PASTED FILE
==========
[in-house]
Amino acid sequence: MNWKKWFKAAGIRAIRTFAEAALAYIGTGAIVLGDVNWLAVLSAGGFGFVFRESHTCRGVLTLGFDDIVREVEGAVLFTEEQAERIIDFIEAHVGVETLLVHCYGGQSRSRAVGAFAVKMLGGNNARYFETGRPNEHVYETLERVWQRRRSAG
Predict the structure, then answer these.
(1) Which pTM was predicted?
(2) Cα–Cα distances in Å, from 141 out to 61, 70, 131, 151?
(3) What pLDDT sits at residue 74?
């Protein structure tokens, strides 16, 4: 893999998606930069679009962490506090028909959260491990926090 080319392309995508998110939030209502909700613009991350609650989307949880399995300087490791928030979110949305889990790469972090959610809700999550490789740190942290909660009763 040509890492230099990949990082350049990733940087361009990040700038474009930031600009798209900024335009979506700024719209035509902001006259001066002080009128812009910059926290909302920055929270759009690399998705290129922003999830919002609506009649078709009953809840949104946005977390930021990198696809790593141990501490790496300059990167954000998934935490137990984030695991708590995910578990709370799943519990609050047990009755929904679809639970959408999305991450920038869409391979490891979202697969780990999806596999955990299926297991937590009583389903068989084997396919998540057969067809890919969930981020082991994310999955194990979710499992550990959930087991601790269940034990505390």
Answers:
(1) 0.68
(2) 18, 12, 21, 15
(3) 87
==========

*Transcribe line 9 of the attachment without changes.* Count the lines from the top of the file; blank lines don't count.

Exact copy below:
(1) 0.68